The French Embassy in Colombo said that France wouldn’t comment on allegations as regards former French President Nicolas Sarkozy ordering the assassination of ousted Libyan leader Colonel Gaddafi.
An Embassy spokesperson told that there was no need for the French government to comment on the issue as circumstances under which Gaddafi had been killed on Oct. 20 last year in Sirte were being investigated by Libya. The official was responding to a statement attributed to Mahmoud Jibril, who had served as interim prime minister in the National Transitional Council (NTC). Jibril now heads the National Forces Alliance, one of Libya’s largest political groups.
The UK’s Daily Telegraph quoted former Libyan rebel intelligence chief Rami el-Obeidi as having said that the Syrian government had sold Gaddafi’s satellite telephone number to French intelligence services, allowing them to track Gaddafi’s every move.
El-Obeidi told the Telegraph that Syrian leader Bashar al-Assad, himself battling a growing rebellion at home, had cooperated with Paris in exchange for an easing of pressure on his government.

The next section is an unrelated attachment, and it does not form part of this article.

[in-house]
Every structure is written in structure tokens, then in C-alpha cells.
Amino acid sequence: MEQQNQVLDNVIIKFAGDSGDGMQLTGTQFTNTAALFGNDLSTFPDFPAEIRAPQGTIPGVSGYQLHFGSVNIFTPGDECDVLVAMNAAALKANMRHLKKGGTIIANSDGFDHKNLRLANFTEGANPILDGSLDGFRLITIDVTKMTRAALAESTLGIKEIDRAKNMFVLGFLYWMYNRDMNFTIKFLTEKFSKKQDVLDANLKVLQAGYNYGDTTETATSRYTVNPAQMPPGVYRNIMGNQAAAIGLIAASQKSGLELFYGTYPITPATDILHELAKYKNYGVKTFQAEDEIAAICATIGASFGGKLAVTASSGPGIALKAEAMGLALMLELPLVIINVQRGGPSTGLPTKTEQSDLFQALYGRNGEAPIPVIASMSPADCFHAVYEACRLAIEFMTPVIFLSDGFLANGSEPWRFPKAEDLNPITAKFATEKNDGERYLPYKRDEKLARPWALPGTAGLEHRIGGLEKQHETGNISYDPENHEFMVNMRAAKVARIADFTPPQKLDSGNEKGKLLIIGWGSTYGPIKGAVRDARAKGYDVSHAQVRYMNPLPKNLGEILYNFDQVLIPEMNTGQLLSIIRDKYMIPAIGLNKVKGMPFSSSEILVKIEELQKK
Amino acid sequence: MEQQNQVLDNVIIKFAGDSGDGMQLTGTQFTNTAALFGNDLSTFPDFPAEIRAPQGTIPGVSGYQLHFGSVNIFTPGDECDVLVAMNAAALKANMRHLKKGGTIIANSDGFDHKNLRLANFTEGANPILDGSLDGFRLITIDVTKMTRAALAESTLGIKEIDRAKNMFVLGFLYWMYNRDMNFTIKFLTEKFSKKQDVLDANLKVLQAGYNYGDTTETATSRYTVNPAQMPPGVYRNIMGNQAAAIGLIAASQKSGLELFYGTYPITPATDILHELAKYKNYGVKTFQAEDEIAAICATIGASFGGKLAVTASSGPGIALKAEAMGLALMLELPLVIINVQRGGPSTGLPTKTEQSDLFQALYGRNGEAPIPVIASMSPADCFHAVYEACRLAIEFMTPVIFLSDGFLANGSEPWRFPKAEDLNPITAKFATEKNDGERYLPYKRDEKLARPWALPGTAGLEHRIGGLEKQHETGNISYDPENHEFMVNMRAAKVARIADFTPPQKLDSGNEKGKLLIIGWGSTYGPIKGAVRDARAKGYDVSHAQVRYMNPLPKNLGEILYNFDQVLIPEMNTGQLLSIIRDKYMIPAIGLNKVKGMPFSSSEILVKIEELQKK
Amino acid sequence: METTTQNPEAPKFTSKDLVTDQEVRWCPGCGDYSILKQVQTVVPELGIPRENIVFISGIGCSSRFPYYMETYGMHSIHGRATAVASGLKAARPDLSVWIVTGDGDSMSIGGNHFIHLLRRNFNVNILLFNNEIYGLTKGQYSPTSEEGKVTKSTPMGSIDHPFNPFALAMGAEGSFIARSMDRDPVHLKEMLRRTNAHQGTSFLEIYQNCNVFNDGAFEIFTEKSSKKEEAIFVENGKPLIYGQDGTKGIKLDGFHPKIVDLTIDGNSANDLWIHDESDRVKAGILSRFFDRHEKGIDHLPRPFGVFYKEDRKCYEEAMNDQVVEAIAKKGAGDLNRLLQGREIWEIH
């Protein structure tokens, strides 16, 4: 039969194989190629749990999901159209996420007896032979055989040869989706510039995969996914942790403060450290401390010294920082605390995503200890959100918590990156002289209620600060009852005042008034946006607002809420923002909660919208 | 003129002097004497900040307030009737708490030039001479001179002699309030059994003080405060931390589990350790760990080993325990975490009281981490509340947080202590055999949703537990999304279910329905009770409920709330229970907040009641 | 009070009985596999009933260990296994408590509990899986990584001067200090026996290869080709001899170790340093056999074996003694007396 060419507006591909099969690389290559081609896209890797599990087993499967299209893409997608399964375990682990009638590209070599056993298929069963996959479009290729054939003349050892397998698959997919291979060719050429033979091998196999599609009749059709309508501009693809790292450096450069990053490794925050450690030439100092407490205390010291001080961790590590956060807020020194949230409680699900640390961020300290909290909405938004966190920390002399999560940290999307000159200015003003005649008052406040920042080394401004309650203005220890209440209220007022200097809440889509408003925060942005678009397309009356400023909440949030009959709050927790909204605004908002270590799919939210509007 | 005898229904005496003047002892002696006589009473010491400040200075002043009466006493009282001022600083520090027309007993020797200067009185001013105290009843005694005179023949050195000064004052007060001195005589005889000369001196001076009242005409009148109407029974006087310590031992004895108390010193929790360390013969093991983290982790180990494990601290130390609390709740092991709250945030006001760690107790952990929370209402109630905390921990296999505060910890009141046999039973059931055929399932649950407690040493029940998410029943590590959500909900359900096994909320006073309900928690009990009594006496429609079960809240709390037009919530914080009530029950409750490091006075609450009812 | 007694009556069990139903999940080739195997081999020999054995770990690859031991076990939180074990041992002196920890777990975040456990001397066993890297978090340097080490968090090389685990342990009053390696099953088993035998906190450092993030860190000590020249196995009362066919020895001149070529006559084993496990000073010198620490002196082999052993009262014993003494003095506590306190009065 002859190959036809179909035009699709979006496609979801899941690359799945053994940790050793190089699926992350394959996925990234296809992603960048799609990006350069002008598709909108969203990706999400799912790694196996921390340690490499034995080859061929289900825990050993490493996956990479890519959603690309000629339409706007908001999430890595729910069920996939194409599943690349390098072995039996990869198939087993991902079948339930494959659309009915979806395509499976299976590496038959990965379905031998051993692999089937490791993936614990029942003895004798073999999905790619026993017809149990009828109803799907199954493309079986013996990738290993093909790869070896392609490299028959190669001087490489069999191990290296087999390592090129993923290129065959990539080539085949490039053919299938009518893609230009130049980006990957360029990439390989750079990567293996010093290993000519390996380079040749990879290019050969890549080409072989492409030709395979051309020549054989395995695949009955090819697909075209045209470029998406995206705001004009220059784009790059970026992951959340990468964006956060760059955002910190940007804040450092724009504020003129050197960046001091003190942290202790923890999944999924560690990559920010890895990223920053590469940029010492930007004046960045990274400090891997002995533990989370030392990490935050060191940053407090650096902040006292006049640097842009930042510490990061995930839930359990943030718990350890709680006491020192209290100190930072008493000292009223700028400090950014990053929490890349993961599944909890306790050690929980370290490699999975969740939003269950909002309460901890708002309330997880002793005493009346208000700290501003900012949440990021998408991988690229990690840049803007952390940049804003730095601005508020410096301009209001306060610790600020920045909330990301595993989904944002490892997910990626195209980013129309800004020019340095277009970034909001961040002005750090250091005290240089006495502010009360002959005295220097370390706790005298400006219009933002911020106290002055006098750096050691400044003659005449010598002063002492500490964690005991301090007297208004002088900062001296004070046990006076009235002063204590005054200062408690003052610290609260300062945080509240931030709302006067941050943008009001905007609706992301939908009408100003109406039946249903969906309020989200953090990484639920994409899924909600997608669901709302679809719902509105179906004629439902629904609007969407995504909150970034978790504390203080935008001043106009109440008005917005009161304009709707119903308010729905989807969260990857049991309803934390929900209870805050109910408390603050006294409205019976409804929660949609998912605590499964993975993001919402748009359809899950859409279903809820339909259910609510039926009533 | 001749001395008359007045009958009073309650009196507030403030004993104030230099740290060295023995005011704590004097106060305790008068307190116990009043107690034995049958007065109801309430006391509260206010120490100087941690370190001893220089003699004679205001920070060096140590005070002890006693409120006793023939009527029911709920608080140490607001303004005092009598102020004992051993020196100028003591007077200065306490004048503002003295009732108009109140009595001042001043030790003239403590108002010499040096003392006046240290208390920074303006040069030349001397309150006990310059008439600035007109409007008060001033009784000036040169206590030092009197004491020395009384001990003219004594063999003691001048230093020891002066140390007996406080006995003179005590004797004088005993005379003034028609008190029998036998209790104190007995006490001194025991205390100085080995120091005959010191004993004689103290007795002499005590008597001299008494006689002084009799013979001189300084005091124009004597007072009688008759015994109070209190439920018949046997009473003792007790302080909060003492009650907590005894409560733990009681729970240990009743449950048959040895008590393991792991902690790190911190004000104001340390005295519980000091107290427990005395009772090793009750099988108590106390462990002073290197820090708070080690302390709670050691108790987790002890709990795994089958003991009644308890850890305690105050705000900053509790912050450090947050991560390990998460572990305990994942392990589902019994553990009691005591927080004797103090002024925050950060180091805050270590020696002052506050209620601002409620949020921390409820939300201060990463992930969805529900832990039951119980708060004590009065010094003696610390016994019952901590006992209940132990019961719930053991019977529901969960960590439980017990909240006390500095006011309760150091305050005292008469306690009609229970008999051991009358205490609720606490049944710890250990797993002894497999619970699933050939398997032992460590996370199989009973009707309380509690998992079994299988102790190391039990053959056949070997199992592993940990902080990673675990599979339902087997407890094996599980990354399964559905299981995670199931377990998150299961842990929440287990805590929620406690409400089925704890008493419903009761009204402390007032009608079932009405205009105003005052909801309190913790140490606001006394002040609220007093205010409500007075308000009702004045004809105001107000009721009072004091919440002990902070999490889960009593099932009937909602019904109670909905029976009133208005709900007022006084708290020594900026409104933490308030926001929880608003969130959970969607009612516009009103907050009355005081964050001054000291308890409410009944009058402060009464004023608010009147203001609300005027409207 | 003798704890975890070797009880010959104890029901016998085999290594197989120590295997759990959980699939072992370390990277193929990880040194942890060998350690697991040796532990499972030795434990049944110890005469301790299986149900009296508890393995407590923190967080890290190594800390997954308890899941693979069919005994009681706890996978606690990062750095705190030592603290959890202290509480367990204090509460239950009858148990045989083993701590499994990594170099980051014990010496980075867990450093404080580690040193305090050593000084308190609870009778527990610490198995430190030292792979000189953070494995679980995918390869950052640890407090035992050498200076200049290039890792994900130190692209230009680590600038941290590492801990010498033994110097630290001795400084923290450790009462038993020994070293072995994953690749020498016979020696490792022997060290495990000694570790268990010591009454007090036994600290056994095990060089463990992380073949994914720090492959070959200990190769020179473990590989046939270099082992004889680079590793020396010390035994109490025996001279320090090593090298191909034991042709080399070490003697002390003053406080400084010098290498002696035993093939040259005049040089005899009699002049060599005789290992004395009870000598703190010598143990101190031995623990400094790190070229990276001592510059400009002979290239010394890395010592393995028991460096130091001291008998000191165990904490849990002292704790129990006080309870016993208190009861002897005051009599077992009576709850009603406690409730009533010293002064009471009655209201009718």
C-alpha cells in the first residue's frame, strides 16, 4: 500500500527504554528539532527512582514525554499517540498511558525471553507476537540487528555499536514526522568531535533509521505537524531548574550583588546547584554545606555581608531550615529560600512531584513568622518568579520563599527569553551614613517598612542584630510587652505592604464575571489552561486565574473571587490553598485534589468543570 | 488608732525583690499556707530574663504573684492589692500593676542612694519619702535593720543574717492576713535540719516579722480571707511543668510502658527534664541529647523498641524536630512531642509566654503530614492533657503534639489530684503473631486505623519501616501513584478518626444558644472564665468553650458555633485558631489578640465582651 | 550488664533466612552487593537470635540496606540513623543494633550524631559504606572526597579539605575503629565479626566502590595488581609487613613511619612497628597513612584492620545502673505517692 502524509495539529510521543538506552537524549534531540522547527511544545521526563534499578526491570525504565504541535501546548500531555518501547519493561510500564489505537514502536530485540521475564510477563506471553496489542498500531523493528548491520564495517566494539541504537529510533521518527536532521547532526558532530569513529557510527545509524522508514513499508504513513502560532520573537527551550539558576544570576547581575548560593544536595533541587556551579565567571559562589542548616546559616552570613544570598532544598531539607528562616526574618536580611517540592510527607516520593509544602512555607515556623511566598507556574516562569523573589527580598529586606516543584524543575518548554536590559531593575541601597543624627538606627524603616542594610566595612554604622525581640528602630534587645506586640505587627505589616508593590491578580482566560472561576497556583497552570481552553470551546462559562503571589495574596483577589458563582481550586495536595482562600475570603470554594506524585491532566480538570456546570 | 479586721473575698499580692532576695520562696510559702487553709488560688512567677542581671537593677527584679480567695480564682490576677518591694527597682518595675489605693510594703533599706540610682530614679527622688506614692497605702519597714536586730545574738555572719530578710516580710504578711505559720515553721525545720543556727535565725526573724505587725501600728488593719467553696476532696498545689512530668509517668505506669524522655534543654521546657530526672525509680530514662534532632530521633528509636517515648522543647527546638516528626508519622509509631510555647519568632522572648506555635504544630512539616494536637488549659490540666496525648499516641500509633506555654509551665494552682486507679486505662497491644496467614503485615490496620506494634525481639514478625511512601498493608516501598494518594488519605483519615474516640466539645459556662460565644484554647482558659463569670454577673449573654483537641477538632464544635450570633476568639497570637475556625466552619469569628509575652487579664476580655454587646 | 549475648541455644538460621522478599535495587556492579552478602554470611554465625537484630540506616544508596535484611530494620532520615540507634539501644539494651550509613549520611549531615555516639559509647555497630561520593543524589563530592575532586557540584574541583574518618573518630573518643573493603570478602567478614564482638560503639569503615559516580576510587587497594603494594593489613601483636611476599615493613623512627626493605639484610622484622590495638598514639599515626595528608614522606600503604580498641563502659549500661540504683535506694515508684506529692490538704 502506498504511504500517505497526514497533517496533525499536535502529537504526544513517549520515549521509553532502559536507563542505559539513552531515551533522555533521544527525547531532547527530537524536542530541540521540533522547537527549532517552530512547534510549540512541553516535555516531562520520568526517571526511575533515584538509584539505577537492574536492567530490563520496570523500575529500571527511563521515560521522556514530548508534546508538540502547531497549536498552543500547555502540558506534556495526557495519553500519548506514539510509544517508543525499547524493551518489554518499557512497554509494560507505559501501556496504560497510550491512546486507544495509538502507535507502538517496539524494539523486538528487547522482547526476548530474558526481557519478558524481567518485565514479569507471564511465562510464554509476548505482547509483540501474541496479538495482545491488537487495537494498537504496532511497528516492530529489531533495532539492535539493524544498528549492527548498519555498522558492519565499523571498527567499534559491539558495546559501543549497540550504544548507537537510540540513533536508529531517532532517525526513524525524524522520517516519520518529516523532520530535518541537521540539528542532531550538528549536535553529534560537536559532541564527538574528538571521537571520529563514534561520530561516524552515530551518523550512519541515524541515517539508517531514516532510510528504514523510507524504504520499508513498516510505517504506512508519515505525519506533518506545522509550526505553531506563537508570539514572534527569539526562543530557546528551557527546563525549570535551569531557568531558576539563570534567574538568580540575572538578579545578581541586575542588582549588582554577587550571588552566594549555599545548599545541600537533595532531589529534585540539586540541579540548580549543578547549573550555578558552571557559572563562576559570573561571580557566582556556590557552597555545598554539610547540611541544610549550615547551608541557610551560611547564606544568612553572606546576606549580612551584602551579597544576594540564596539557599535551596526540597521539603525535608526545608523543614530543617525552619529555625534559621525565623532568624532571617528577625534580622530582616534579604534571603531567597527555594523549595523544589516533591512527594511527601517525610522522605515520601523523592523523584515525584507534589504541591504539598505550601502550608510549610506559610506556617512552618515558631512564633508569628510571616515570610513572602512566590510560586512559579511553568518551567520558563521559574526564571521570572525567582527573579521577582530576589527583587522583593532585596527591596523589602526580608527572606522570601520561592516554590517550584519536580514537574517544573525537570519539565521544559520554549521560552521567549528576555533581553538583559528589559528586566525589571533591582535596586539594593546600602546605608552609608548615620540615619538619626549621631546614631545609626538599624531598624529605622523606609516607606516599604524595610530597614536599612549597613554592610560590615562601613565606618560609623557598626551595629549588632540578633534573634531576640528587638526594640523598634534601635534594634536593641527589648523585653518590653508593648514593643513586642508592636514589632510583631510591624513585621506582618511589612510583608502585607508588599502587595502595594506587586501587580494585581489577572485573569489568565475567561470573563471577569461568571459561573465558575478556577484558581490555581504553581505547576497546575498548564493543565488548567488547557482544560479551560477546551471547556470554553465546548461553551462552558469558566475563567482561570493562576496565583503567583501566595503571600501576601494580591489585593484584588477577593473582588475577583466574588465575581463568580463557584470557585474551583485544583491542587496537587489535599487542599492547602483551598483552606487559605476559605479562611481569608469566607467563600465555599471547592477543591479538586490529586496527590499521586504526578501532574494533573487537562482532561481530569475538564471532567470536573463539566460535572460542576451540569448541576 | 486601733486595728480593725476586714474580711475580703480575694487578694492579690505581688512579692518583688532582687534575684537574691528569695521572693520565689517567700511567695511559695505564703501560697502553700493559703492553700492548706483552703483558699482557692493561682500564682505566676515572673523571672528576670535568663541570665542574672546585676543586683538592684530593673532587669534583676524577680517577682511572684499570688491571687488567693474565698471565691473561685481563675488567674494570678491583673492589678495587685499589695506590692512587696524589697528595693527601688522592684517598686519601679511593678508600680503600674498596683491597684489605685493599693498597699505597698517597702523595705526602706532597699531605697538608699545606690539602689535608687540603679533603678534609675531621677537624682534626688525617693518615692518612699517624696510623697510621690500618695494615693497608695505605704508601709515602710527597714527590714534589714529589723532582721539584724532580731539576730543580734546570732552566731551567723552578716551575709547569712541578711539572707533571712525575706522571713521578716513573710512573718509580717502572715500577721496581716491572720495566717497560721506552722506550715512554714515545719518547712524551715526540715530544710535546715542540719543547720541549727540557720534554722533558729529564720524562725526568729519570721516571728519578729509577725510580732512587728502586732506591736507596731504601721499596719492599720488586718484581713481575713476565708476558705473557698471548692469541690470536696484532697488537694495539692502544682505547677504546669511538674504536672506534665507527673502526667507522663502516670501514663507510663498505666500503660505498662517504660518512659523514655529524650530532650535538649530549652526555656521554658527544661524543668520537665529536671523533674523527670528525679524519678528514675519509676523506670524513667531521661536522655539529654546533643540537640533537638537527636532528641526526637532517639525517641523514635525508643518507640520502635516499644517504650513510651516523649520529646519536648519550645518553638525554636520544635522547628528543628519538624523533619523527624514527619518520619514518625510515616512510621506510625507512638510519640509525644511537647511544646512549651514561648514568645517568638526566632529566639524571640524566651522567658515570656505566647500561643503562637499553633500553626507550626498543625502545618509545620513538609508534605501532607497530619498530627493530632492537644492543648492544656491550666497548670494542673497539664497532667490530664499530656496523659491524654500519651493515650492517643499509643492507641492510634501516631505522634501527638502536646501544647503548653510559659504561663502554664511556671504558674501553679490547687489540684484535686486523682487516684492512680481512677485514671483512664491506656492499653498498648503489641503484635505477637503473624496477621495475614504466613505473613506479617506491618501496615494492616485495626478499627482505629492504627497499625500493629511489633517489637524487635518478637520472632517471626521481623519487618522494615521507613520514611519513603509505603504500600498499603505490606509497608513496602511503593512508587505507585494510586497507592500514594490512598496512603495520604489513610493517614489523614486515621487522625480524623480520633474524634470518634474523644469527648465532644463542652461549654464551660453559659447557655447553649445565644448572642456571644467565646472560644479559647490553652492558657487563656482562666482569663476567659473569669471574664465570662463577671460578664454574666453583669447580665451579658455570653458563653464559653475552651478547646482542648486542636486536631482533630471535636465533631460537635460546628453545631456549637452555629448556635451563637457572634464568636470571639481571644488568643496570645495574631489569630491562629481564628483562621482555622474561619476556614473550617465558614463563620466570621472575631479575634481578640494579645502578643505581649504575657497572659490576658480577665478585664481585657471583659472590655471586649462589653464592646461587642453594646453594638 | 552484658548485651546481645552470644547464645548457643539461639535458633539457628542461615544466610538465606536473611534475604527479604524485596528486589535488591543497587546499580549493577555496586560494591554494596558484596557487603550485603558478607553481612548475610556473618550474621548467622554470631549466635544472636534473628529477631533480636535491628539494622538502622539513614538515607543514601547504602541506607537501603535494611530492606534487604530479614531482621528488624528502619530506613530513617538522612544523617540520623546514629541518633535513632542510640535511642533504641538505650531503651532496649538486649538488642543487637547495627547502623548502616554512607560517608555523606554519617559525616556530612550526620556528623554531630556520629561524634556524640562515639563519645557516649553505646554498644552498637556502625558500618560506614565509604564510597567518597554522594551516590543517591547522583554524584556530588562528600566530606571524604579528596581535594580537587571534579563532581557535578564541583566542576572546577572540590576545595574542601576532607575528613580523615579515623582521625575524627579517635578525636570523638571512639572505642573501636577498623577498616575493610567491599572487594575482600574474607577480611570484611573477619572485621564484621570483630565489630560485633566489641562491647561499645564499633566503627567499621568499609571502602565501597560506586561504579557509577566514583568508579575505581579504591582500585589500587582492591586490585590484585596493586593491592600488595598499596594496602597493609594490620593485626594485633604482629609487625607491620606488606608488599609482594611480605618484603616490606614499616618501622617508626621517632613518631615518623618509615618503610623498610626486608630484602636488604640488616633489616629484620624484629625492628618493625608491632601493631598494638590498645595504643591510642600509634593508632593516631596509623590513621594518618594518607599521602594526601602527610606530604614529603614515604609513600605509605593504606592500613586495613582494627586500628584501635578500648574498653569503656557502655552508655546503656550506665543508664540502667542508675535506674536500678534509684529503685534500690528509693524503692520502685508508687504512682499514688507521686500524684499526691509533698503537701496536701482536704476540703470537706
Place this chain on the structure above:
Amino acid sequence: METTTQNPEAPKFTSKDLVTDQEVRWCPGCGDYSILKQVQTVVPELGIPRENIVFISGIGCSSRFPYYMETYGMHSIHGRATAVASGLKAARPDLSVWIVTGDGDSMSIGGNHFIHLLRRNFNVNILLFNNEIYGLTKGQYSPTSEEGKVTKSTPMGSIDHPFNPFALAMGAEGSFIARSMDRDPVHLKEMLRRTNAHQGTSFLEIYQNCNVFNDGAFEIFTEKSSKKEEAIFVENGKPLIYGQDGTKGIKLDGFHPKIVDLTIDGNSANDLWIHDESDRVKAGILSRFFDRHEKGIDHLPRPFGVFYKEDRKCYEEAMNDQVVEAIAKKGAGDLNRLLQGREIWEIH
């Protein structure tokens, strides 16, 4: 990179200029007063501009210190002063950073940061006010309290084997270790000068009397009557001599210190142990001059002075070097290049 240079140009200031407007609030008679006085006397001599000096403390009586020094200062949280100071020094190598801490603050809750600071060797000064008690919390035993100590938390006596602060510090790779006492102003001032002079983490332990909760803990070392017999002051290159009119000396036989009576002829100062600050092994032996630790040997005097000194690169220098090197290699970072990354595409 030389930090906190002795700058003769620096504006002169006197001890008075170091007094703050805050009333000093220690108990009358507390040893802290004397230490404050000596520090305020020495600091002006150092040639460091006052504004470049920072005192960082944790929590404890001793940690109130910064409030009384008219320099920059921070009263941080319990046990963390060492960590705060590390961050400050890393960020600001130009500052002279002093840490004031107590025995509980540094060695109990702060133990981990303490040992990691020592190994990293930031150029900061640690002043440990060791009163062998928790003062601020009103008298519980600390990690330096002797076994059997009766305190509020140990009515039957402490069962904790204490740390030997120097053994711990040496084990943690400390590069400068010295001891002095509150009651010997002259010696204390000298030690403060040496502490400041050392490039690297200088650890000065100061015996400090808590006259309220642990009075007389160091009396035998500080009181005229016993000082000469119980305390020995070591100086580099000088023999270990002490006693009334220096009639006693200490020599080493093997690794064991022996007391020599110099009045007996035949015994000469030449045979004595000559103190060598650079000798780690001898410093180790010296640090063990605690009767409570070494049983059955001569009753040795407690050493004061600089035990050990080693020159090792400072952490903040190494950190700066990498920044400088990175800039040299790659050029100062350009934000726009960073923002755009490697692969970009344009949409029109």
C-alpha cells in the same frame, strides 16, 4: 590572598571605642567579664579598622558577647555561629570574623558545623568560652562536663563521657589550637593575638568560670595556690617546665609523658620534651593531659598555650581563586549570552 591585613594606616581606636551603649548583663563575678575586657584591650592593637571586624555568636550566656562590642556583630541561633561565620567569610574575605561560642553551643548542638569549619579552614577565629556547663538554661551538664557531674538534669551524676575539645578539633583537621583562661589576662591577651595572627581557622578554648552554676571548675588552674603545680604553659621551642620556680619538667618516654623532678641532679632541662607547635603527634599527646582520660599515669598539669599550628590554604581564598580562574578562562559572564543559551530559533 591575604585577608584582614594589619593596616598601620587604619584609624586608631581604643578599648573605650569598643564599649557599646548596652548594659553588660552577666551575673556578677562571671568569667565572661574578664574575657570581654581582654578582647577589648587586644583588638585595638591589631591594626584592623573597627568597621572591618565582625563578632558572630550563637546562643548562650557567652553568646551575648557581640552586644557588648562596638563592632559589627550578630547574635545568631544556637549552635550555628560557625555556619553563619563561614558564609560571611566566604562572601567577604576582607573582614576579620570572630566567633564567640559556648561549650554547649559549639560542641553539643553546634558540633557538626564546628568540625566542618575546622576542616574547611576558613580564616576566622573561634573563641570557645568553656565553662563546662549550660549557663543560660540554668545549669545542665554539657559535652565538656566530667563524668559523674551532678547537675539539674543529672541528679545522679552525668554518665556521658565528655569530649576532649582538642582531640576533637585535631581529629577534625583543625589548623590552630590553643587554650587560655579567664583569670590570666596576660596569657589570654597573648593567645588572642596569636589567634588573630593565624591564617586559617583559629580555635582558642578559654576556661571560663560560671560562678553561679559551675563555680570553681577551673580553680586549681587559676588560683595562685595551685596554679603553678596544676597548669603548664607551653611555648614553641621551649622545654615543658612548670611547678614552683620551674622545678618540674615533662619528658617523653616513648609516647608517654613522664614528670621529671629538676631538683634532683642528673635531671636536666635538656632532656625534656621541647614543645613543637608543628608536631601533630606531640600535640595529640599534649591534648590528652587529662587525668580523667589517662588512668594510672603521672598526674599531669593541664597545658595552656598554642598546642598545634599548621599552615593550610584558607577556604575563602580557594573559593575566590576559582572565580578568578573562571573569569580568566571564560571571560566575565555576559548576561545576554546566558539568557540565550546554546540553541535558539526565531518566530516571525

Attorney-at-law Gomin Dayasri yesterday said that those pursuing international war crimes inquiry, targeting Sri Lanka, should examine allegations directed at the French, a key member of the EU. Although Sarkozy was no longer in power, the French couldn’t ignore allegations made by Jibril and Rami el-Obeidi,
Dayasri said, noting that the French Embassy in Colombo had no option but to decline comment. The lawyer said that Sri Lankan government should use this opportunity to highlight Western double standards as regards accountability issues.
we also raised the issue of French complicity in Libyan leader’s assassination with the Norwegian Embassy as Norway was among the countries propagating accountability. The Embassy suggested that The Island get in touch with the French Office of the Prosecutor authorized to answer any queries regarding former French heads of states. As regards the Norwegian role in NATO operations directed at Libya, the spokesperson said that Norway’s position had been revealed by the then Foreign Minister Jonas Gahr Støre and Defence Minister Grete Faremo in March 2011. Norway was acting in line with UN resolution 1973.
The EU mission in Colombo yesterday said that the EU was yet to comment on the issue.